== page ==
Jones continued: “A much more complicated and rounded picture emerges when you can look at the manuscripts already at King’s alongside the Schroder Collection.  Brought together, the two collections will tell a rather different story than we have so far. We now know much more about Brooke as a person and he is certainly more interesting and, in some ways more difficult, than the heroic image portrayed at the time of his death. He was a conflicted individual. He had a major breakdown in 1912 and had disastrous relationships with the women who loved him.”

The Schroder Collection contains 170 documents by Brooke himself and many hundreds of letters from connected parties. 

John Schroder’s passion for collecting began as a schoolboy when he bought a copy of Rupert Brooke’s Collected Poems and by the 1950s he was a deeply committed collector of all things Brooke. His most significant purchase was that of the Marsh/Brooke papers.  He also met and spoke with the people who had been significant in Brooke’s life and acquired their correspondence.

The papers express the feelings of those on the edge of the abyss. Cathleen Nesbitt, an actress and romantic interest of Brooke’s wrote cathartic letters to Marsh with poignant memories of their time together. In one letter she wrote that “when I talked of all things coming to an end he would always laugh and say ‘Hush – there’s never any end when things are perfect’”.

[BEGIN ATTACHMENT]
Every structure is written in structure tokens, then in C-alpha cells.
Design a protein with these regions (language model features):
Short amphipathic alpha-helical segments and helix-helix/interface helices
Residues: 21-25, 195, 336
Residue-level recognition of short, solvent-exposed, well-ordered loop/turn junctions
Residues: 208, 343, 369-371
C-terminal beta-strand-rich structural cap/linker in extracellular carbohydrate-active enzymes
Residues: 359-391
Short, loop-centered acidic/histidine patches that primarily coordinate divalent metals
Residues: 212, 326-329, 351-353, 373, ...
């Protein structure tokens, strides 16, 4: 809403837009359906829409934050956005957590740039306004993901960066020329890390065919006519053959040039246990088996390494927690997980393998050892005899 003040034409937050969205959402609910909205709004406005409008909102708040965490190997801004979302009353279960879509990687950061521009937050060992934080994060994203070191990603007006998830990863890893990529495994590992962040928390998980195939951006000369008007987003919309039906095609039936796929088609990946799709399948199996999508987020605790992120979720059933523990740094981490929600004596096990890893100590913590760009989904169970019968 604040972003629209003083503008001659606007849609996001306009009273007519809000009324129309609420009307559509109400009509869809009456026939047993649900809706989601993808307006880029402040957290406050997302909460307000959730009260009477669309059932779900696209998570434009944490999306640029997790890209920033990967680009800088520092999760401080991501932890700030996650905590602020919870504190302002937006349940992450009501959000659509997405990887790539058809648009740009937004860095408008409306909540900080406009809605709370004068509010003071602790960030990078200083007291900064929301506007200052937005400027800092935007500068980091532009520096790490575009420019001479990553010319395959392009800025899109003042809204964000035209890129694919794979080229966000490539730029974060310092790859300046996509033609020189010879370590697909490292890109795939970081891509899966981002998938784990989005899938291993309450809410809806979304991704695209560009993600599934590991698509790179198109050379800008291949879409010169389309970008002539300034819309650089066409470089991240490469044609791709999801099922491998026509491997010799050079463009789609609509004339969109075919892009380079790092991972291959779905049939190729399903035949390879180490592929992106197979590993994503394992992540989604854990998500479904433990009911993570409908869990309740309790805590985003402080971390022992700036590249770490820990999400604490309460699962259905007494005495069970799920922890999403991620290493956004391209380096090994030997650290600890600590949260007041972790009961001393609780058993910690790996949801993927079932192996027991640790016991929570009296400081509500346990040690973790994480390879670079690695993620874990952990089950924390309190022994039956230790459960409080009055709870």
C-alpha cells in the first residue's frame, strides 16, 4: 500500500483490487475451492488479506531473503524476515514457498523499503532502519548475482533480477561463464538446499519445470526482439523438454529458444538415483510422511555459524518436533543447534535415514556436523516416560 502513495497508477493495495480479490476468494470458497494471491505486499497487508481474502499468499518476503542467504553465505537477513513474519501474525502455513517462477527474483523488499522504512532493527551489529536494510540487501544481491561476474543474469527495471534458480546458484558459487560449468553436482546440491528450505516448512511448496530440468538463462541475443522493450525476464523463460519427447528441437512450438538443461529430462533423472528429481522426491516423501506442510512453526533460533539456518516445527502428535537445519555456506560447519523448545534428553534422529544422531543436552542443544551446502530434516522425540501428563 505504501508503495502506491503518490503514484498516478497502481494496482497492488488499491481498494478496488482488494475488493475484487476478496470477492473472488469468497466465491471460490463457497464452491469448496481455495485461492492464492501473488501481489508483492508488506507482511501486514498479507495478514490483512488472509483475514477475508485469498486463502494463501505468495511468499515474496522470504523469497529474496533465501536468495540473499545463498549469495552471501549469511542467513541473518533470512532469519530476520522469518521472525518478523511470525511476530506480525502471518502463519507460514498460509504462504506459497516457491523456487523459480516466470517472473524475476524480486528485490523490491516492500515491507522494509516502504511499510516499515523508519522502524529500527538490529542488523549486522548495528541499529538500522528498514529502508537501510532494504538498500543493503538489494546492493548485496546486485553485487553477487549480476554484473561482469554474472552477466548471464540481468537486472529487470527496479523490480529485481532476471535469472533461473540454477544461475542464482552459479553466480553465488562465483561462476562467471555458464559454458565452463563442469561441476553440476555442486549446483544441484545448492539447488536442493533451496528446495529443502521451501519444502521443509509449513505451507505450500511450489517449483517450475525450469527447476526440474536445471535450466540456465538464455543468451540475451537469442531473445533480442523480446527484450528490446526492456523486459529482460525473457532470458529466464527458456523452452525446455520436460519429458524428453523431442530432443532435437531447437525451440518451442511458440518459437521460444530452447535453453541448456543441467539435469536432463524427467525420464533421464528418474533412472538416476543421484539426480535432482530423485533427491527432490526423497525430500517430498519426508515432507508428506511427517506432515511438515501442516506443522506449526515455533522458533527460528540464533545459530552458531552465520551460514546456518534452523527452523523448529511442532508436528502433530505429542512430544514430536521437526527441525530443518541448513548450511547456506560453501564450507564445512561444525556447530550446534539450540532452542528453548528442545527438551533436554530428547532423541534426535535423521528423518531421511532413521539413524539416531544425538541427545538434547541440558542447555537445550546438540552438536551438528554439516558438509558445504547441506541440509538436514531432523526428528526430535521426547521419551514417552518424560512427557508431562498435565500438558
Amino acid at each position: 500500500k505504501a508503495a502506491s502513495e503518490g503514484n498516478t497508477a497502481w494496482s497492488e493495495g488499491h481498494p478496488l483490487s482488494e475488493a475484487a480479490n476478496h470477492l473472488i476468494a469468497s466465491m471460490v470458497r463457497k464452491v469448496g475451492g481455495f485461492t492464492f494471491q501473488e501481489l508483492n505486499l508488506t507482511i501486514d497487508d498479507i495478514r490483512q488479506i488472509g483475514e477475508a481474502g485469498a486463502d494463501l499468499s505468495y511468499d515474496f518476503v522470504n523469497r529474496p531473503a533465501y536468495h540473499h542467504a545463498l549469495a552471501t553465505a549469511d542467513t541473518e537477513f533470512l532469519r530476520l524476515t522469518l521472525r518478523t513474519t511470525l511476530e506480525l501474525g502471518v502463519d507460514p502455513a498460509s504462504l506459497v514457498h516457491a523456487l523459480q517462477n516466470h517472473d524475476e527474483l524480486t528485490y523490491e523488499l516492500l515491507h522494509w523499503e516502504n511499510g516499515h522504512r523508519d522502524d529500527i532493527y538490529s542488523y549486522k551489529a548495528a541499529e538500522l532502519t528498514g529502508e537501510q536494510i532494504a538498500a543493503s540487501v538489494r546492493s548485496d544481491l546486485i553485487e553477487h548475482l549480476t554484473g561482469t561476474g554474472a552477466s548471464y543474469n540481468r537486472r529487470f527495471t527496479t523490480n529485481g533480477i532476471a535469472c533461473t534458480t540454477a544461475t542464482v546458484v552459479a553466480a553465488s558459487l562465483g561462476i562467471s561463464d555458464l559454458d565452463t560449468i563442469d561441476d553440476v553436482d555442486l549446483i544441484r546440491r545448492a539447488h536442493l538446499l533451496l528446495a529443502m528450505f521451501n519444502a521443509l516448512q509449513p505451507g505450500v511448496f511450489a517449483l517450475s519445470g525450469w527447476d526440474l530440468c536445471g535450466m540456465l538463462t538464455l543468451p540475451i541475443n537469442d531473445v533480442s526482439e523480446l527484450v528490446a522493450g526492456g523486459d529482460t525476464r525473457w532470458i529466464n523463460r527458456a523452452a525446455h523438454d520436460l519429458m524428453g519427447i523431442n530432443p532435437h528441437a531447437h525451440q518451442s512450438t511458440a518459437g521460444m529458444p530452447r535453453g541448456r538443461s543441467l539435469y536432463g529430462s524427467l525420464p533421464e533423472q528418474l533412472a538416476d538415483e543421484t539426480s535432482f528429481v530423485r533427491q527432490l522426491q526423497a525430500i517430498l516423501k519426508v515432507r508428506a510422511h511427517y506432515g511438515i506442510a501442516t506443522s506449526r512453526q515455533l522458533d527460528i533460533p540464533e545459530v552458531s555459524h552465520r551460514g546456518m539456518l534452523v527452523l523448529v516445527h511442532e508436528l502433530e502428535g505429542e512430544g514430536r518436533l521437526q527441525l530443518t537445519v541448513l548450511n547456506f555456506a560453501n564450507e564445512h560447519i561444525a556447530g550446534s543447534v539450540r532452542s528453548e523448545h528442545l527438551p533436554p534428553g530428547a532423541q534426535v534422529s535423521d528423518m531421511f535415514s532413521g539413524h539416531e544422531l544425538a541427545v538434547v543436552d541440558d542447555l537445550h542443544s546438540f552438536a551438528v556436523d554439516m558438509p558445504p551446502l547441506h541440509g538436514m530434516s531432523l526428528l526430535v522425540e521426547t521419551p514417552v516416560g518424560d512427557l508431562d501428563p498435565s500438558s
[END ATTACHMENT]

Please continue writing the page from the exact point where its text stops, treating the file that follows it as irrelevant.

The intensity of emotion generated by war is exemplified by letters from Brooke’s close friend, W Denis Browne, the composer and King’s scholar, who travelled with him to the Mediterranean and died at Gallipoli just a few weeks after the poet. Browne’s letter describes Brooke’s burial in Skyros, “one of the loveliest places on this earth, with grey-green olives round him, one weeping above his head: the ground covered with flowering sage, bluish grey & smelling more delicious than any other flower I know”.

Browne’s account of waiting for the bombardment of the Dardanelles straits to finish, so that the British forces could land, was sent to Eddie Marsh in 1915.  Browne wrote: “This battle is the most wonderful thing there ever was. As heroic by land as it is wonderful by sea … there’s much of this that I’m glad Rupert did not see: and yet if only he cd have seen it all. It is wonderful when you are away: when you are in it war is hateful and utterly horrible.”

The inclusion of a wide range and sources and perspectives – and also originals of texts that were later edited for public consumption – makes the Schroder Collection a valuable resource for researchers.

Time has not reduced the interest in Rupert Brooke. Together the King’s College and Schroder Collections will represent the world’s most significant archive of Rupert Brooke material, accessible for the first time, not just to scholars but to the interested public. A special section on the King’s College website and an exhibition in the Chapel are planned for later this year.

King’s College is now actively seeking the remaining funds needed to complete the purchase.